Major change
[u/philim/db2osl_thesis.git] / program_interface.tex
CommitLineData
28b54c67 1\section{Interface and usage}
c31df1ed
PM
2\label{interface}
3This section describes the interface to the operating system and the user interface.
b96bb723 4For information on programming interfaces, see Section~\fullref{arch}.
c31df1ed
PM
5
6\subsection{User interaction and configuration}
b96bb723 7\label{usage}
c31df1ed 8\subsubsection{Basic usage}
28b54c67 9\label{basic}
c31df1ed 10Currently, the only user interface of \myprog{} is a command-line interface.
002fa020 11Since the program is supposed to bootstrap the OBDA specification automatically and
c31df1ed 12thus there is little interaction, but a lot of output, this was considered ideal.
28b54c67
PM
13Basically, one invocation of \myprog{} will initiate the automatic, non-interactive
14bootstrapping of exactly one \osl{} specification written to the standard output,
15a behavior which can be modified via command-line arguments.
c31df1ed 16Because of its ability to write to the standard output (which is also the default
28b54c67 17behavior), it is easy to pipe the output of \myprog{} directly into a program that
002fa020 18handles it in a Unix-/POSIX-like fashion \cite{unix}:
c31df1ed
PM
19\codepar{db2osl myserver.org | osl2onto myserver.org}
20
21(supposed \name{osl2onto} is a tool that reads an \osl{} specification from its
22standard input and uses it to bootstrap an ontology from the database
23specified on its command line).\\
002fa020 24This scheme is known as ``Pipes and Filters architectural pattern'' \cite{patterns}.
c31df1ed
PM
25
26By inserting additional ``filters'', the bootstrapping process can be customized
27without changing any of the involved programs:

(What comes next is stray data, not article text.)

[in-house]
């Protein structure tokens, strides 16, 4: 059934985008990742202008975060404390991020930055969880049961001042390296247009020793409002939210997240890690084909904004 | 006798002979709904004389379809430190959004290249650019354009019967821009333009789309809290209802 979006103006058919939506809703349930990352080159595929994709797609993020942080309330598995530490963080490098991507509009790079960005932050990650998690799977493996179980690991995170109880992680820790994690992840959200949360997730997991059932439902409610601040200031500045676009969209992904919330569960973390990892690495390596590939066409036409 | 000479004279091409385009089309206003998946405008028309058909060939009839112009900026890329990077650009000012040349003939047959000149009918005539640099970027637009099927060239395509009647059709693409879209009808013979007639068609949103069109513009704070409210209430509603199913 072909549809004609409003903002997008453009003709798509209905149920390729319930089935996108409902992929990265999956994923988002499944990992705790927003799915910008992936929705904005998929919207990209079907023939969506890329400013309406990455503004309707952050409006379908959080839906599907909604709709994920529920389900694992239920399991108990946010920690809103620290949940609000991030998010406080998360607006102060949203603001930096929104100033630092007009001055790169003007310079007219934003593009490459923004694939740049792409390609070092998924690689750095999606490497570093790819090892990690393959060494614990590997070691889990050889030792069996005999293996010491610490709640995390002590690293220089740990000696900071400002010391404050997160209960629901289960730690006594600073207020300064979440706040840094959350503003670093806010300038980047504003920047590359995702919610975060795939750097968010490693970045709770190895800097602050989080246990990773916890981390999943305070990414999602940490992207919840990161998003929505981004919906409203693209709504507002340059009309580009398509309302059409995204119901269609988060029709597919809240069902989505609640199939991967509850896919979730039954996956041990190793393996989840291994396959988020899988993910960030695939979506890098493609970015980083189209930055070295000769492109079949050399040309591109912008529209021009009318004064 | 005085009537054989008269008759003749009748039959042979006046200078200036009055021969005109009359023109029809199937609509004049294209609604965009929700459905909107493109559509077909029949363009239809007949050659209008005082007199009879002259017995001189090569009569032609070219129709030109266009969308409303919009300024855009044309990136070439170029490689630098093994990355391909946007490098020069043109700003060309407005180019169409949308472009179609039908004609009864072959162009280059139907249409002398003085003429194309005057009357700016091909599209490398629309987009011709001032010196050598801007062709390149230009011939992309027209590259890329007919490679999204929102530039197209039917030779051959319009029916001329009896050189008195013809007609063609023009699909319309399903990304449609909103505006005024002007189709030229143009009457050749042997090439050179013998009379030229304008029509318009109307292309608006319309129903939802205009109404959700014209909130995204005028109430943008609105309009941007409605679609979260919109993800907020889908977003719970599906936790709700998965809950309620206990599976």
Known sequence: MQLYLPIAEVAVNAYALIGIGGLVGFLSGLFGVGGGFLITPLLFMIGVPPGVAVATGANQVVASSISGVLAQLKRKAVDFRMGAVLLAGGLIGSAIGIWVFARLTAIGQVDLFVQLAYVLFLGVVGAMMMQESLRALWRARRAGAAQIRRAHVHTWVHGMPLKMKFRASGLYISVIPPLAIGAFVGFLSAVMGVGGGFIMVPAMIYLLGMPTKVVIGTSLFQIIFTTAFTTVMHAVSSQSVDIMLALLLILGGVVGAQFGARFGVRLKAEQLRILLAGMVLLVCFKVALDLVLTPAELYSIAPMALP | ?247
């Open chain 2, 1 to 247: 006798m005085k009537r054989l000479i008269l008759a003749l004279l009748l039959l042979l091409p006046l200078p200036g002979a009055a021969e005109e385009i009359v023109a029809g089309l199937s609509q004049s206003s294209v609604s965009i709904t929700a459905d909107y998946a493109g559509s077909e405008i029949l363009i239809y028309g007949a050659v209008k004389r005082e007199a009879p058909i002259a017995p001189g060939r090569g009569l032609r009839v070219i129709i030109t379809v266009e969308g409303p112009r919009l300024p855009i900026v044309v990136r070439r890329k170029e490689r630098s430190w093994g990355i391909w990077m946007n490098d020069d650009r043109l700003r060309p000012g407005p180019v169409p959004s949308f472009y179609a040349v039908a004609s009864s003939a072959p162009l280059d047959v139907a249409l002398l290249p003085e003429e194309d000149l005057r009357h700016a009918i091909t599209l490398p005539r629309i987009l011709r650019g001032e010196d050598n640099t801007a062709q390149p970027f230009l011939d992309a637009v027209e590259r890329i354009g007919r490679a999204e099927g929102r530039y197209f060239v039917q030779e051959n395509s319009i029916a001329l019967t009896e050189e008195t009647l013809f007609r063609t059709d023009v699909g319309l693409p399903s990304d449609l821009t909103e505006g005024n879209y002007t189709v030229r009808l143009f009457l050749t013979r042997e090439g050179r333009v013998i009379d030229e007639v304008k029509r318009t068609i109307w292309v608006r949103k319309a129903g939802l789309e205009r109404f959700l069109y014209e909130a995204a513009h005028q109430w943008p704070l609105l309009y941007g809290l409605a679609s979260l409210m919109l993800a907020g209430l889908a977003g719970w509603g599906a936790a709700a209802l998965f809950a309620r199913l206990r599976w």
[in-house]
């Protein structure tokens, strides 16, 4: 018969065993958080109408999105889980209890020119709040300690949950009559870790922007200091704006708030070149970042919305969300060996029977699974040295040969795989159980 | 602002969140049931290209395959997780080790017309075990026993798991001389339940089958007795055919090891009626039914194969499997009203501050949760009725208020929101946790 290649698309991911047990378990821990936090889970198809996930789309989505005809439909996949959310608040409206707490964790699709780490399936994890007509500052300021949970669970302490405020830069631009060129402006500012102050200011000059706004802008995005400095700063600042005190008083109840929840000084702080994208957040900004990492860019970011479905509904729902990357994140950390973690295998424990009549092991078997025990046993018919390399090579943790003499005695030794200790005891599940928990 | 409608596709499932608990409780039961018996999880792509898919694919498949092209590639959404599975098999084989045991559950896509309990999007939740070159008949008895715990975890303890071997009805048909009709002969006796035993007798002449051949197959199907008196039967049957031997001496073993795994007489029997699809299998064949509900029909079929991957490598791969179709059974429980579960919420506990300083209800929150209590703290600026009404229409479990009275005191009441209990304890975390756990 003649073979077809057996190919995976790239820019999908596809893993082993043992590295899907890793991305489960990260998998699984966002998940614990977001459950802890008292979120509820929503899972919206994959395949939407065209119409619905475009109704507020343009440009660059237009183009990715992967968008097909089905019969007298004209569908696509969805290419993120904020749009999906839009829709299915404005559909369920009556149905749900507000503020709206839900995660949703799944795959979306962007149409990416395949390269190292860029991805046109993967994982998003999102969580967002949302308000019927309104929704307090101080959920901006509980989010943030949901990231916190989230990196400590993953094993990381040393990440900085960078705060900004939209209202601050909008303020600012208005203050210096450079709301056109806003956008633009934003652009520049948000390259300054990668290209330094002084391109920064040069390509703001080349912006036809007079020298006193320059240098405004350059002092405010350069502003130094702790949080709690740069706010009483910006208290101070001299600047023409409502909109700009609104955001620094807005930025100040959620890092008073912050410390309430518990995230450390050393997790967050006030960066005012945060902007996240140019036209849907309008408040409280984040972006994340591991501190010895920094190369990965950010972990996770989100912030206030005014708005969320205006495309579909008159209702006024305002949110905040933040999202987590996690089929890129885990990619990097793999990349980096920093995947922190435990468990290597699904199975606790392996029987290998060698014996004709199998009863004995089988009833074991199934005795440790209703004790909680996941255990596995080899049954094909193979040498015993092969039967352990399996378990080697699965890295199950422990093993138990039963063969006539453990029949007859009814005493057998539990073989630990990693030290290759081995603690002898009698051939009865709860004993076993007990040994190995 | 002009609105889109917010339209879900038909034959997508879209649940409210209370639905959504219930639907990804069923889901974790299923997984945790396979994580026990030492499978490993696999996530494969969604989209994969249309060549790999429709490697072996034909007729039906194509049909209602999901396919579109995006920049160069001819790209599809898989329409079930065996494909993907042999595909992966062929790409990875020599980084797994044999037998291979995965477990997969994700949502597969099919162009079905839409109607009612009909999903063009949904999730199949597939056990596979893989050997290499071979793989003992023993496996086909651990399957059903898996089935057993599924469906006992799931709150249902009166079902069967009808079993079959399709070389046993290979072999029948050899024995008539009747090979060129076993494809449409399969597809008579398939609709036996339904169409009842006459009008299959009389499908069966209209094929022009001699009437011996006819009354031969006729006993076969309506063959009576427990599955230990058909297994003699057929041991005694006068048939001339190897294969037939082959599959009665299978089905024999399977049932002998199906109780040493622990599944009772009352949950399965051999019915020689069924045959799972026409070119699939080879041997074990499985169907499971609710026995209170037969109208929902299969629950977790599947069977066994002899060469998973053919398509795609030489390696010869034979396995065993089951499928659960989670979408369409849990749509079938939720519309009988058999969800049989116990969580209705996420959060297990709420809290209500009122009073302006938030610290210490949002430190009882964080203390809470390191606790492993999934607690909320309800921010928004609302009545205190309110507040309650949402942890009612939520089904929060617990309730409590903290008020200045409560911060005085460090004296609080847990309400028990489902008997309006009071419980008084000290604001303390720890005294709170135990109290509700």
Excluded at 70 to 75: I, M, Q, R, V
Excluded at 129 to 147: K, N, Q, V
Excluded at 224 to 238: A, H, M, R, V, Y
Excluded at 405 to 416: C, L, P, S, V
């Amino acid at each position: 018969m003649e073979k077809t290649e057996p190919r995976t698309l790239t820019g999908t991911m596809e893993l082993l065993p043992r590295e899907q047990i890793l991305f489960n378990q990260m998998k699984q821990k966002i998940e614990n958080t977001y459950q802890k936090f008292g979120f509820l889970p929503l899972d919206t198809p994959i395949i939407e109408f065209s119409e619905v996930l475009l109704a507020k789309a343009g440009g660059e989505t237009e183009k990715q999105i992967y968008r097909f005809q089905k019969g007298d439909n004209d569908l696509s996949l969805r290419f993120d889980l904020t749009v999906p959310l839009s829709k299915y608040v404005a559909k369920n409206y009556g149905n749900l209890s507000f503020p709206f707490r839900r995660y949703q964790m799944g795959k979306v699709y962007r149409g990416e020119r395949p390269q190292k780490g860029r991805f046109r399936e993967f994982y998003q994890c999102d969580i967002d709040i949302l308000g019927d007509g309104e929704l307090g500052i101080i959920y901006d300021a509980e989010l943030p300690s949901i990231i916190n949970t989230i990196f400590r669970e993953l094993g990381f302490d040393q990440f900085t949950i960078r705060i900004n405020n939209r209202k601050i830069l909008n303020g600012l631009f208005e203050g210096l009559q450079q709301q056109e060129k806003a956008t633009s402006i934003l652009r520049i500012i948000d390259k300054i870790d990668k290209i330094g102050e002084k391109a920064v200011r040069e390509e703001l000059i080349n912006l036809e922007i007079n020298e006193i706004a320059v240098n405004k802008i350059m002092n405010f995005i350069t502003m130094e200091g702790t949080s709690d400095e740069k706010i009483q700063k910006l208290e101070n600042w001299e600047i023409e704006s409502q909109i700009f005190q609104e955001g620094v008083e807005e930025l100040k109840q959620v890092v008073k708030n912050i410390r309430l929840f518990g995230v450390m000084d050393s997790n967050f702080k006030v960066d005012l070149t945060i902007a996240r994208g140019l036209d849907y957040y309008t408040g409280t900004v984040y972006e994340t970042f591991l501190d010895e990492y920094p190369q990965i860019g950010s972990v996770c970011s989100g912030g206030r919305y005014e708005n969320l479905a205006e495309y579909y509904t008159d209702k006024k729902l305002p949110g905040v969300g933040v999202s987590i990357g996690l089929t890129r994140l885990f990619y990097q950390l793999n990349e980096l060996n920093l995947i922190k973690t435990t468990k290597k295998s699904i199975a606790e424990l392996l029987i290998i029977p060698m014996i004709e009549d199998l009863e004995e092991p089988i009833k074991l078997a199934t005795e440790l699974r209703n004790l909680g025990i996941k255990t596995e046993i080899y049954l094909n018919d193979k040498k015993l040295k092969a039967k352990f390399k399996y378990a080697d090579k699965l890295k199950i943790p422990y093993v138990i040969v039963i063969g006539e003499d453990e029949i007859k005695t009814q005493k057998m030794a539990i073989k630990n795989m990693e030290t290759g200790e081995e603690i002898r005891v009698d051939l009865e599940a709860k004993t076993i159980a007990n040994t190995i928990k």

28b54c67 28\codepar{db2osl mydatabase.org | customize\_spec.sh | osl2onto mydatabase.org}
c31df1ed 29
28b54c67
PM
30(supposed \name{customize{\scriptsize \_}spec.sh} is a shell script that modifies
31a given \osl{} specification in the way the user desires).
c31df1ed 32
28b54c67
PM
33\subsubsection{Configuration via command-line arguments}
34The behavior of \myprog{} itself can be adjusted via command-line arguments (only).
002fa020 35%The syntax for their application follows the POSIX standard \cite{posix} (no!).
c31df1ed
PM
36Most features can be configured via short options (as, for example, \code{-P}).
37To allow for enhanced readability of \myprog{} invocations, each feature can (also)
38be configured via a long option (like \code{\textendash\textendash password}).
28b54c67
PM
39The utilization of configuration files was considered, but for the time being
40seen as unnecessary complicating
41while not addressing any real difficulties.
c31df1ed 42
28b54c67 43The command-line arguments \myprog{} currently supports are
45d598e9
PM
44described in Table~\ref{if_tbl_arguments_desc};
45their default values are listed in Table~\ref{if_tbl_arguments_def}.
28b54c67 46There is currently no switch to set the output format, since the only supported
c31df1ed
PM
47output format, besides \osl{}, is a low-level output format for debugging purposes.
48Because of this and since the change that has to be made in the source code to enable it
49only involves changing one token, it was preferred not to offer a command-line option
28b54c67 50for this, to not unnecessarily complicating the command-line interface for the
c31df1ed
PM
51normal, non-debugging, user.
52
53\begin{table}[]\begin{center}
28b54c67
PM
54 \begin{tabular}{p{4.9cm}|p{11.1cm}}
55 Option(s) & Description, taken from the help page of \myprog{}\\
c31df1ed 56 \hline
28b54c67
PM
57 \code{\textendash\textendash database}, \code{-d} & database name (\name{Java} regular expression) databases have to match to be processed; see also: \code{\textendash\textendash loose-database-match}\\
58 \code{\textendash\textendash echo-password} & echo input when prompting for SQL password -- must be specified before \code{\textendash\textendash password-prompt} to get effective\\
59 \code{\textendash\textendash help}, \code{-h, } & show this help and exit\\
60 \code{\textendash\textendash interactive}, \code{-i} & be interactive when chosing database\\
61 \code{\textendash\textendash login}, \code{-L} & SQL login\\
62 \code{\textendash\textendash loose-database-match} & if no database matching the regex specified with \code{\textendash\textendash database} is found on the given server and \code{\textendash\textendash interactive} is not specified for this job, use some other database\\
63 \code{\textendash\textendash osl-header} & use the specified custom (non-standard) OSL header, implies \code{\textendash\textendash remote-osl-header} (to import no header, specify the empty string)\\